by Steven Ertelt
December 2, 2004
Amsterdam, Netherlands (LifeNews.com) — Dutch doctors are asking the Netherlands government for guidelines on so-called "mercy killings" after revelations surfaced this week that a hospital in the European nation has been killing several newborns a year it determines are not healthy enough to live.
The Royal Dutch Medical Association (KNMG) has asked the Netherlands Ministry of Health to put together a panel to evaluate when euthanasia can be used on people "with no free will," CNN reports.
That would include both adults and children who are unable to make their own health care decisions because of severe disabilities.
The current legal standards in place only address patients who can decide whether they want to live or die.
Those standards indicate the patient must freely choose to die and make such a request on several occasions. The patient must be in severe pain and the patient’s doctor must get a second opinion from another physician agreeing to the request.
Dr. Eduard Verhagen, of the hospital’s pediatric clinic, told NPR that the babies who had been euthanized were born with incurable conditions so serious "(we) felt that the most humane course would be to allow the child to die and even actively assist them with their death."
"They are very rare cases of extreme suffering. In these cases, the diagnosis was extreme spina bifada," Verhagen added.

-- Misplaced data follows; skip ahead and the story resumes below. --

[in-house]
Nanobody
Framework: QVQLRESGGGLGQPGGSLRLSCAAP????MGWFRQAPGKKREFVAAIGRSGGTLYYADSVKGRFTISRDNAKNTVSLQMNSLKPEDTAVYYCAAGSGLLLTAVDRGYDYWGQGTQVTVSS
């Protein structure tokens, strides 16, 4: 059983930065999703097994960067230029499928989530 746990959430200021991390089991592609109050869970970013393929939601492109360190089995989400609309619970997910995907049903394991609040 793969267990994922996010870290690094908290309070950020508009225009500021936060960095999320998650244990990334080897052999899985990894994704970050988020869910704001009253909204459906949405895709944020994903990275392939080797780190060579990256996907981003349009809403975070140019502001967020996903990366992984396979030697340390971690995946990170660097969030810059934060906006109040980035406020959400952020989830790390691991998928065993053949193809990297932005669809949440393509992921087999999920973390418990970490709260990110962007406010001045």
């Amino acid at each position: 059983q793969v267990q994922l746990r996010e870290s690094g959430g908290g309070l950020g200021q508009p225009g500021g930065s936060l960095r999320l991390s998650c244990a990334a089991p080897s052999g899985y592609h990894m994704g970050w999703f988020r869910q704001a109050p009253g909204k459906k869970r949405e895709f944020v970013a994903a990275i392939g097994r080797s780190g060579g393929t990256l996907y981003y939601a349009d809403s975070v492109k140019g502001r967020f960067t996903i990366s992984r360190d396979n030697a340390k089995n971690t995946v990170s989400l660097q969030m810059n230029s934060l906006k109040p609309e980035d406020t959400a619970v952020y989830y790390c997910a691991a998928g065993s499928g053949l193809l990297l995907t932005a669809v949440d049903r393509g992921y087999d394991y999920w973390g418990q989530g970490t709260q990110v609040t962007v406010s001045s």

However, spina bifada can be diagnosed during pregnancy and some unborn children have had surgery to correct the damage the condition causes.
According to an Associated Press report this week, Groningen Academic Hospital has created guidelines for doctors there to euthanize newborns who are suffering from pain associated with incurable diseases or extreme physical deformities.
Known as the Groningen Protocol, and announced last month, it allows euthanasia when a baby’s medical team and independent doctors agree there is no prospect for improving pain.
The child’s parents also must agree to the request to end the child’s life.
According to the AP report, the hospital carried out such euthanasia requests in the last few years and reported them to the Dutch government, which has taken no action against it.
Pro-life groups were shocked and saddened by the news.
"A society or culture that does not respect the innate dignity of every human life inevitably places value judgments on the worth of an individual’s life," responded Tony Perkins, head of the Family Research Council. "To decide that it is better to kill a person, regardless of how sick or helpless, than to care for that person is unconscionable."
"Unless this policy is rejected by the international community, the culture of death will have taken one more step into the modern world," Perkins added.
Holland was the first country to legalize the practice of euthanasia — allowing doctors to end the life of a patient, with their consent, who is suffering from a terminal illness or incurable condition.
Approved in 2002, Dutch law allows adult patients suffering from incurable diseases to request assisted suicide. Teenagers under the age of 16 must have their parents approval, but the newly proposed measure would drop that to 12 years of age and would allow children to be euthanized.
The proposal to allow children to be euthanized has prompted Belgium to consider a similar law.
Belgian lawmakers are putting forward a measure that would expand the country’s legal euthanasia law to allow doctors to end the lives of children without parental permission.